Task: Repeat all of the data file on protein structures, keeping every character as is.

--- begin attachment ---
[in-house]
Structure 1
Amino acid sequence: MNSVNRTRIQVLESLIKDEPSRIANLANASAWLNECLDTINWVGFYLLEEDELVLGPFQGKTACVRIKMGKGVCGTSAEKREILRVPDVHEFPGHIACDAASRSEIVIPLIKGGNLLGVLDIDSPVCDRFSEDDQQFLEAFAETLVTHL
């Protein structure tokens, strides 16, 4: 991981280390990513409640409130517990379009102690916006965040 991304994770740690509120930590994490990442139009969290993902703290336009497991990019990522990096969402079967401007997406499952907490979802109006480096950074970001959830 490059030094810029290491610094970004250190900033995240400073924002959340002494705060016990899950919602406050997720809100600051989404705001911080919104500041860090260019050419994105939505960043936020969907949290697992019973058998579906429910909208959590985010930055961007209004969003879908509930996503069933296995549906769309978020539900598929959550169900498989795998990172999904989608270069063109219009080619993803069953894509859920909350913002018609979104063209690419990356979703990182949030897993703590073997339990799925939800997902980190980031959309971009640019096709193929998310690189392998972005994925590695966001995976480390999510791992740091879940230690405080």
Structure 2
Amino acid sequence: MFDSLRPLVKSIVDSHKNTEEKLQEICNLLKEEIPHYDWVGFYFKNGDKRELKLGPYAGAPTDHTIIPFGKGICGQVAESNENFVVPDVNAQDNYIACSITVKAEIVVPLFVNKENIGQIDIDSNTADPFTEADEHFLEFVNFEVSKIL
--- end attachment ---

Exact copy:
[in-house]
Structure 1
Amino acid sequence: MNSVNRTRIQVLESLIKDEPSRIANLANASAWLNECLDTINWVGFYLLEEDELVLGPFQGKTACVRIKMGKGVCGTSAEKREILRVPDVHEFPGHIACDAASRSEIVIPLIKGGNLLGVLDIDSPVCDRFSEDDQQFLEAFAETLVTHL
């Protein structure tokens, strides 16, 4: 991981280390990513409640409130517990379009102690916006965040 991304994770740690509120930590994490990442139009969290993902703290336009497991990019990522990096969402079967401007997406499952907490979802109006480096950074970001959830 490059030094810029290491610094970004250190900033995240400073924002959340002494705060016990899950919602406050997720809100600051989404705001911080919104500041860090260019050419994105939505960043936020969907949290697992019973058998579906429910909208959590985010930055961007209004969003879908509930996503069933296995549906769309978020539900598929959550169900498989795998990172999904989608270069063109219009080619993803069953894509859920909350913002018609979104063209690419990356979703990182949030897993703590073997339990799925939800997902980190980031959309971009640019096709193929998310690189392998972005994925590695966001995976480390999510791992740091879940230690405080």
Structure 2
Amino acid sequence: MFDSLRPLVKSIVDSHKNTEEKLQEICNLLKEEIPHYDWVGFYFKNGDKRELKLGPYAGAPTDHTIIPFGKGICGQVAESNENFVVPDVNAQDNYIACSITVKAEIVVPLFVNKENIGQIDIDSNTADPFTEADEHFLEFVNFEVSKIL